House to a maltings, C18 with later alterations. The modern extensions to the north and west are excluded from the listing.
Reasons for Designation
The Old House is listed at Grade II, for the following principal reasons:
* as a structure dating from the C18 which retains a significant proportion of its historic fabric;
* it remains legible representation of a smart dwelling constructed as part of a small-scale industrial complex, reflecting the relative prosperity of the business through its composition, and the quality of its construction and detailing;
* it survives well, with its unaltered main elevation, legible plan form, and collection of internal fittings.
* the building complex provides historic information about the development of maltings prior to their industrialisation and enlargement in the C19;
* located in a part of the country closely associated with the development of the industry, and reflective of the relative prosperity of the enterprise.
* with the adjoining malthouse, listed at Grade II, built contemporaneously.
The Old House and Grain Ridge are likely to originate in the C18. A date stone inscribed ‘1723’ protrudes from an elevation of the latter, though may have been repositioned. The building complex is an example of a maltings with an attached dwelling house, with ancillary structures to the rear.
The first map evidence for the building dates from 1808. The Tithe map of 1838 shows the building more clearly, with its irregular linear plan, and then the 1884 Ordnance Survey shows that by that stage, the building had been developed almost to the extent it exists today.
The Old House is purported to be the earliest domestic building in Sandy Lane. The existing fabric appears largely C18, though there is a dressed stone arch, and timber within the north-east wing which may have been reused or incorporated from an earlier structure. The Old House, also known as ‘Sunnyside’ for a period in the C20, has a roughly symmetrical main range. It is slightly larger on the west side. Internally, the arrangement of ceiling beams, and position of the chimneybreast above, suggests a large ground-floor inglenook may have been reduced in size. There are two perpendicular pitched two-storey ranges to the rear. That to the east shares dentil course detailing, and is presumed to be coeval with the main range, or perhaps was an existing structure, remodelled at that time. The house has recently had a large ground floor extension to the rear, and a first-floor extension above the garage (not included in the listing).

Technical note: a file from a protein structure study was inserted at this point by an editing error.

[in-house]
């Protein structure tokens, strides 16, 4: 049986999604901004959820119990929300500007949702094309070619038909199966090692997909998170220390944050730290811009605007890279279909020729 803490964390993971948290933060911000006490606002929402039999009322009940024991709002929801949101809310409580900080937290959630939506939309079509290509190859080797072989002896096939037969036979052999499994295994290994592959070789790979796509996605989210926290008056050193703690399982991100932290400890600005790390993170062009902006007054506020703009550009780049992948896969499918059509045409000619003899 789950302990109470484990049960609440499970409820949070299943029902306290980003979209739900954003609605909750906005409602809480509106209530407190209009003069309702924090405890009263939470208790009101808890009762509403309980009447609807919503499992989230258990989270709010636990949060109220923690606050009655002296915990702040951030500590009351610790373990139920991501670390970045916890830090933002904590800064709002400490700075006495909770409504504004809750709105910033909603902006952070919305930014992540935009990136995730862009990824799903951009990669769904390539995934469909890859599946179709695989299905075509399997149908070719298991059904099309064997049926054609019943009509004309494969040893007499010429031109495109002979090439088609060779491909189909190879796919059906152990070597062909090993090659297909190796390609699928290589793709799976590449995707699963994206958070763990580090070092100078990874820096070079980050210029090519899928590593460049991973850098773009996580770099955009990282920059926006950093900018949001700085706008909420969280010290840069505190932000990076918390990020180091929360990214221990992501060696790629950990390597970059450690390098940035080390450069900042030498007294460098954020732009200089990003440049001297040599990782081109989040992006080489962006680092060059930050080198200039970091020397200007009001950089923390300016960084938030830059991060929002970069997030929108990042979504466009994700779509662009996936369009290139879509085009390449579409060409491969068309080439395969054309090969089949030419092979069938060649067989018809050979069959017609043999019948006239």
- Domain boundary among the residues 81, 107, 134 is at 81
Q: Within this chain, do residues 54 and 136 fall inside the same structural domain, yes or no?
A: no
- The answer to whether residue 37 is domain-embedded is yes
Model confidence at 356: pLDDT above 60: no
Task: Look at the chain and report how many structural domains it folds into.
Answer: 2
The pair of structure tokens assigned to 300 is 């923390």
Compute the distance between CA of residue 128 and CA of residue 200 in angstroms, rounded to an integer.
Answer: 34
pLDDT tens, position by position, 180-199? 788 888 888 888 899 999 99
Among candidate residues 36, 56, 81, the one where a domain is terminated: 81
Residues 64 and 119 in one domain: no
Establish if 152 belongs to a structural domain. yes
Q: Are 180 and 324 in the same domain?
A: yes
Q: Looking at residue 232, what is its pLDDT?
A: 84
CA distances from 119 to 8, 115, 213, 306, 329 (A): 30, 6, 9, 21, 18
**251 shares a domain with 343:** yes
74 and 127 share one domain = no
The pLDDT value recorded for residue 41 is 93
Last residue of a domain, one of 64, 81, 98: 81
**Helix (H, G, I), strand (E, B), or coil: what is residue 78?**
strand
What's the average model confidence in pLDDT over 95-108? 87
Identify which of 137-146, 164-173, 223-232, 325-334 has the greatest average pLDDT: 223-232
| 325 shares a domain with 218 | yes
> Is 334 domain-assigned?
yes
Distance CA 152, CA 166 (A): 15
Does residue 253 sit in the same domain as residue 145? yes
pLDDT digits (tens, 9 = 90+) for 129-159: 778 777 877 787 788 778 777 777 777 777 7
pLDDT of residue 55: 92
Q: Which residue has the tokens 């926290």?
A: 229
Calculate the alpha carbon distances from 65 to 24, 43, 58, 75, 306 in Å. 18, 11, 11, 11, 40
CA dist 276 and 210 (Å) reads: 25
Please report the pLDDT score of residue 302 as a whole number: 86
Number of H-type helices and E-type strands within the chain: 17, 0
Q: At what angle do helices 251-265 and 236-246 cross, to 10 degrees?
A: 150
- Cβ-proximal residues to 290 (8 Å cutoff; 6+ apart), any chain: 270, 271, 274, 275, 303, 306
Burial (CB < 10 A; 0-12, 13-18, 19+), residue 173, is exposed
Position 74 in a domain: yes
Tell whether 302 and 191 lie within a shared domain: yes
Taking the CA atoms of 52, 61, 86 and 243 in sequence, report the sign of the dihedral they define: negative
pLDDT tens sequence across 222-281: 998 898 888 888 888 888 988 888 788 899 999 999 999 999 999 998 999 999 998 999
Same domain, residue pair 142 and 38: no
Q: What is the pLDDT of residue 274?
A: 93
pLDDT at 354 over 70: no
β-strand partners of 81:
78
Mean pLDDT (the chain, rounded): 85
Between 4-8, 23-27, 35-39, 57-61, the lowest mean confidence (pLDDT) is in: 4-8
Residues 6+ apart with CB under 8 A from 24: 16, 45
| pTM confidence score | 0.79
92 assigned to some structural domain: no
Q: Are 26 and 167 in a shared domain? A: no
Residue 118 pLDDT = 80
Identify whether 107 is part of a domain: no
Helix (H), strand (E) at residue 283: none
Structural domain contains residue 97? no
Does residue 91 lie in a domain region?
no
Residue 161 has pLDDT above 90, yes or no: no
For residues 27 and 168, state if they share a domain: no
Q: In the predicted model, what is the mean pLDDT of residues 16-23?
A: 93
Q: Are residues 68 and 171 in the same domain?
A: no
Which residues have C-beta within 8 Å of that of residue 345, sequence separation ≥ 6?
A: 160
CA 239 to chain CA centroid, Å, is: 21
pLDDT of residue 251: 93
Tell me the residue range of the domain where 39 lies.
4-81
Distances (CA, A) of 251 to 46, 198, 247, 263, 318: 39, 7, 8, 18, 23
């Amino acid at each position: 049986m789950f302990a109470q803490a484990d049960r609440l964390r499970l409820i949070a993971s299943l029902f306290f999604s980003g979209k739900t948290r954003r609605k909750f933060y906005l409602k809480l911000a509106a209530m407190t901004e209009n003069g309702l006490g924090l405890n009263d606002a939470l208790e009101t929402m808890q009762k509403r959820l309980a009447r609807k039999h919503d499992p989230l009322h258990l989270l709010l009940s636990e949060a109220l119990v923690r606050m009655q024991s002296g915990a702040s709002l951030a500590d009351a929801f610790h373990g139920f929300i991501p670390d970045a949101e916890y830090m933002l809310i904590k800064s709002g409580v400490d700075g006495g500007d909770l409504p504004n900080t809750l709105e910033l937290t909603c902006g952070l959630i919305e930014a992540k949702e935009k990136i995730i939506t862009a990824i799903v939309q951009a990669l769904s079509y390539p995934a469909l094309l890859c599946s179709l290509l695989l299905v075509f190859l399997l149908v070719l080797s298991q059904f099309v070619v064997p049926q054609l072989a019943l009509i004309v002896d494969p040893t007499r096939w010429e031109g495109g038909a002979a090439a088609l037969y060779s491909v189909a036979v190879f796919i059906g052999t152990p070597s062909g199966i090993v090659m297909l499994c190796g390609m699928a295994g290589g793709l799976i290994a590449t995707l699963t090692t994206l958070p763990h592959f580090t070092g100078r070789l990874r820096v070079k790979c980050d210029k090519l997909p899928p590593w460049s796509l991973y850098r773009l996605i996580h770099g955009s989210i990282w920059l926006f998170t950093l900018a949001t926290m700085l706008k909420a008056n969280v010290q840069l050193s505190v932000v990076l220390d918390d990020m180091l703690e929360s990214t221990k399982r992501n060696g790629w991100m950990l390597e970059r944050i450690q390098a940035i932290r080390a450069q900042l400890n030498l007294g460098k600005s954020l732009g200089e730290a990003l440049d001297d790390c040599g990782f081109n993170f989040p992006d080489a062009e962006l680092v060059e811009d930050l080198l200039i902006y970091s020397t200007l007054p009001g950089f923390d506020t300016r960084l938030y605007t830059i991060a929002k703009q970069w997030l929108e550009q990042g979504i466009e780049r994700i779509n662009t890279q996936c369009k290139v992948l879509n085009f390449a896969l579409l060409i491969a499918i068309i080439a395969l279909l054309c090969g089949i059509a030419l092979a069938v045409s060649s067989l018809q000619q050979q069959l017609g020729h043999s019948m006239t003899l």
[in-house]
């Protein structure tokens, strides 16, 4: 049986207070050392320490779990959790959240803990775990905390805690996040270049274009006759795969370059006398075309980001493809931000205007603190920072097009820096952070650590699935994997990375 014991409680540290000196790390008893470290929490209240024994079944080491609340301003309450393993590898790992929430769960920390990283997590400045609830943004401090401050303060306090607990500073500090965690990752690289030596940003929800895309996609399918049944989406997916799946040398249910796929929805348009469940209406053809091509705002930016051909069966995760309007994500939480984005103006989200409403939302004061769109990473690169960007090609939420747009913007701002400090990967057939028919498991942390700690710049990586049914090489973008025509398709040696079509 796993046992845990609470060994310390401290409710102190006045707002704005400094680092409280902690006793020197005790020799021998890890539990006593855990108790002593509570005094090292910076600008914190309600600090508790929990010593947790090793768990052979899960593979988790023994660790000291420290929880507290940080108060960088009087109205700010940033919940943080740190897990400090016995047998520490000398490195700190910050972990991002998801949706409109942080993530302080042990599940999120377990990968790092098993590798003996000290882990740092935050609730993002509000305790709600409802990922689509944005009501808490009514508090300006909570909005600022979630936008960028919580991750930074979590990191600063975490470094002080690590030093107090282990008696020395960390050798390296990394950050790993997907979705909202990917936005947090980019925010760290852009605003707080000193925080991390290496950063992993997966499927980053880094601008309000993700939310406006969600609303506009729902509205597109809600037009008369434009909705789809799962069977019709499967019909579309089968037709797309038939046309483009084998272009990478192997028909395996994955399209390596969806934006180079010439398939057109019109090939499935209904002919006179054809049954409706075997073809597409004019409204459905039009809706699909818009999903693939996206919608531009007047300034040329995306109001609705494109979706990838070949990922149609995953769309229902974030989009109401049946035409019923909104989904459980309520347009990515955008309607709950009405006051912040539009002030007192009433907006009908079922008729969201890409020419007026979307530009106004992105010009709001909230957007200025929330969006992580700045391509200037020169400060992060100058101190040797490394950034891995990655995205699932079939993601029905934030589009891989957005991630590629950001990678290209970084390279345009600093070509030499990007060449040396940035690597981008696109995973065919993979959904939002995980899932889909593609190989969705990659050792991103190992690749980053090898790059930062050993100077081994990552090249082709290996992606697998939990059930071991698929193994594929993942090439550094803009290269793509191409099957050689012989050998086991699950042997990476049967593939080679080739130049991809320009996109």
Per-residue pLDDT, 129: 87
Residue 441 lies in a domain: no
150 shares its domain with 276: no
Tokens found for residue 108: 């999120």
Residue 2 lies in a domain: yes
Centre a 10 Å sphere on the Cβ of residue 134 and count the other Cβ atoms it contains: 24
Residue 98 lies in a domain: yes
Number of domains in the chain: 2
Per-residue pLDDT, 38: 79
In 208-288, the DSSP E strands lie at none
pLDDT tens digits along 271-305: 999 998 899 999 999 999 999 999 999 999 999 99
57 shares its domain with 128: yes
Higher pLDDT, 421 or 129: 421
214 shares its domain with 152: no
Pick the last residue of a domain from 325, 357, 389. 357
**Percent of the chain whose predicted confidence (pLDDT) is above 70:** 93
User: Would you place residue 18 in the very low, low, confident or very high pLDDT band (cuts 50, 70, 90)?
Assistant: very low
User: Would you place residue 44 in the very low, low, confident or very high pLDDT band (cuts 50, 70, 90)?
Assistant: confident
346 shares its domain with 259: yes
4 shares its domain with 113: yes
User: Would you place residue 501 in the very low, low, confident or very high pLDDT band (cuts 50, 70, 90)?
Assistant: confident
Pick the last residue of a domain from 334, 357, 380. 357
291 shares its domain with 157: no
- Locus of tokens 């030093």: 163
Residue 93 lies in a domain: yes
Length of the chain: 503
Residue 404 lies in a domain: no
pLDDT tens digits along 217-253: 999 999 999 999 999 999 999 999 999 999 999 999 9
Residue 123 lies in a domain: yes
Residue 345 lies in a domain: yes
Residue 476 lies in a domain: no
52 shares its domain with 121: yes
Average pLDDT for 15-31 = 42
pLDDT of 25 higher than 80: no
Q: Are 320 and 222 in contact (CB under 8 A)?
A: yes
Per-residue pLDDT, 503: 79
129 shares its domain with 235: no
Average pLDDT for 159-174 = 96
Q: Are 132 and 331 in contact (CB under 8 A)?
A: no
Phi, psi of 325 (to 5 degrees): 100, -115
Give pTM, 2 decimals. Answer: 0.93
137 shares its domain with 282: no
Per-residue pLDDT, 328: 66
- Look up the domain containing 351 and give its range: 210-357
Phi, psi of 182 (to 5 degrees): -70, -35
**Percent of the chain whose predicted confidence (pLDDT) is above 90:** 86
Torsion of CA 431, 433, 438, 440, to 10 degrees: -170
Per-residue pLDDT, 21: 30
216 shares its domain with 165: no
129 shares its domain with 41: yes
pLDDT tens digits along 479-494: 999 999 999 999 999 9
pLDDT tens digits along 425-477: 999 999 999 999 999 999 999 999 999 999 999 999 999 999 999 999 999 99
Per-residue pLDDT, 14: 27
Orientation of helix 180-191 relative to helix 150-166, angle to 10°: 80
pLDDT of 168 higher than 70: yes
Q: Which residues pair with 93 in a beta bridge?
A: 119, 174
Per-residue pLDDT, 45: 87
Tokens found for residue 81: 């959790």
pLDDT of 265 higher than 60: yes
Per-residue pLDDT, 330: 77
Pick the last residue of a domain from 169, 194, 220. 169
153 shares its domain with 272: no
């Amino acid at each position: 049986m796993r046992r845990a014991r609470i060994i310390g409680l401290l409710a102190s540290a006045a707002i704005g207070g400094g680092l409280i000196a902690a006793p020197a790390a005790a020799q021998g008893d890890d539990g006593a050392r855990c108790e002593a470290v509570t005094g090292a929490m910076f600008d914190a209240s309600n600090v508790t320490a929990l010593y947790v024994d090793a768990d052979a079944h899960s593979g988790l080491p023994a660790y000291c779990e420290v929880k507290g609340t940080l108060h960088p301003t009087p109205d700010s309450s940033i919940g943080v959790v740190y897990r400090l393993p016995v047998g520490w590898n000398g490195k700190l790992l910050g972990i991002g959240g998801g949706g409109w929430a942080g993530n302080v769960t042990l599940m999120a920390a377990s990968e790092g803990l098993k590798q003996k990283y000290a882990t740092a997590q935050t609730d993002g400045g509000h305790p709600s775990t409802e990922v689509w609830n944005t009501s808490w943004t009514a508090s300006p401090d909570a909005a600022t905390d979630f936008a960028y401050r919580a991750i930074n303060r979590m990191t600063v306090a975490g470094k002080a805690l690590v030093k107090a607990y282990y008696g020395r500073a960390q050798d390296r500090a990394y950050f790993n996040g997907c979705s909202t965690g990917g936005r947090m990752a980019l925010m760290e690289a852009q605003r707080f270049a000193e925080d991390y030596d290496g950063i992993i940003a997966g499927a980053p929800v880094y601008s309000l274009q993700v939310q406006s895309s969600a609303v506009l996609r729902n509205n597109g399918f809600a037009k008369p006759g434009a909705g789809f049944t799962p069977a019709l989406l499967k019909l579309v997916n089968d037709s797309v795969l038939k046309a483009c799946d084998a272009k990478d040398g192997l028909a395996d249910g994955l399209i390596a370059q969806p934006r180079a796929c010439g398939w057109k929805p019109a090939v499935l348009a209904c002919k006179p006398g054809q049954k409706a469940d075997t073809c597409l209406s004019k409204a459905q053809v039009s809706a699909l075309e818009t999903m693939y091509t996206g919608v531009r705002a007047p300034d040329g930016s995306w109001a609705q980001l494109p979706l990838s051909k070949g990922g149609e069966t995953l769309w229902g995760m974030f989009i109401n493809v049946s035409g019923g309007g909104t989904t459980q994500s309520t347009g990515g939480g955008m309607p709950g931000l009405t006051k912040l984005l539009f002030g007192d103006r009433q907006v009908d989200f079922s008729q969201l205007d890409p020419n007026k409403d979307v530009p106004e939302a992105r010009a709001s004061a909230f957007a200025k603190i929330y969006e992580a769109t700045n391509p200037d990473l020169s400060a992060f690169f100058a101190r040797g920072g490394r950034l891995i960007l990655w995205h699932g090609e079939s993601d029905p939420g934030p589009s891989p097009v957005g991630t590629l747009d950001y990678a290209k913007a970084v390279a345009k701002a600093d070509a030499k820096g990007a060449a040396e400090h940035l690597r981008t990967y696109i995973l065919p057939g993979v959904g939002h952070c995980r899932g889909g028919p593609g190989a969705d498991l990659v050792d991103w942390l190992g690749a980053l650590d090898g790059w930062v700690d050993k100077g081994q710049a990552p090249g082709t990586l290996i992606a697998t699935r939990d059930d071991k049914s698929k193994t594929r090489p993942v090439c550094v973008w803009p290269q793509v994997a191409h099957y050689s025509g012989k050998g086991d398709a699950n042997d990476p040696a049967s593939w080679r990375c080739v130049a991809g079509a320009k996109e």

Grain Ridge (listed at Grade II) originated as a maltings, and is contemporary with the main range of the Old House. Malting was common in Staffordshire, and Brewood was well-placed logistically, with the Shropshire Union Canal 400m to the south-west. The site, too, was advantageous, having access to water via a well, which survives in the cellar of the Old House. Grain Ridge was converted to a dwelling, probably between 1937 and 1945.
House to a maltings, C18 with later alterations.
MATERIALS: red brick laid in Flemish garden wall bond, with tiled roofs and brick chimneystacks.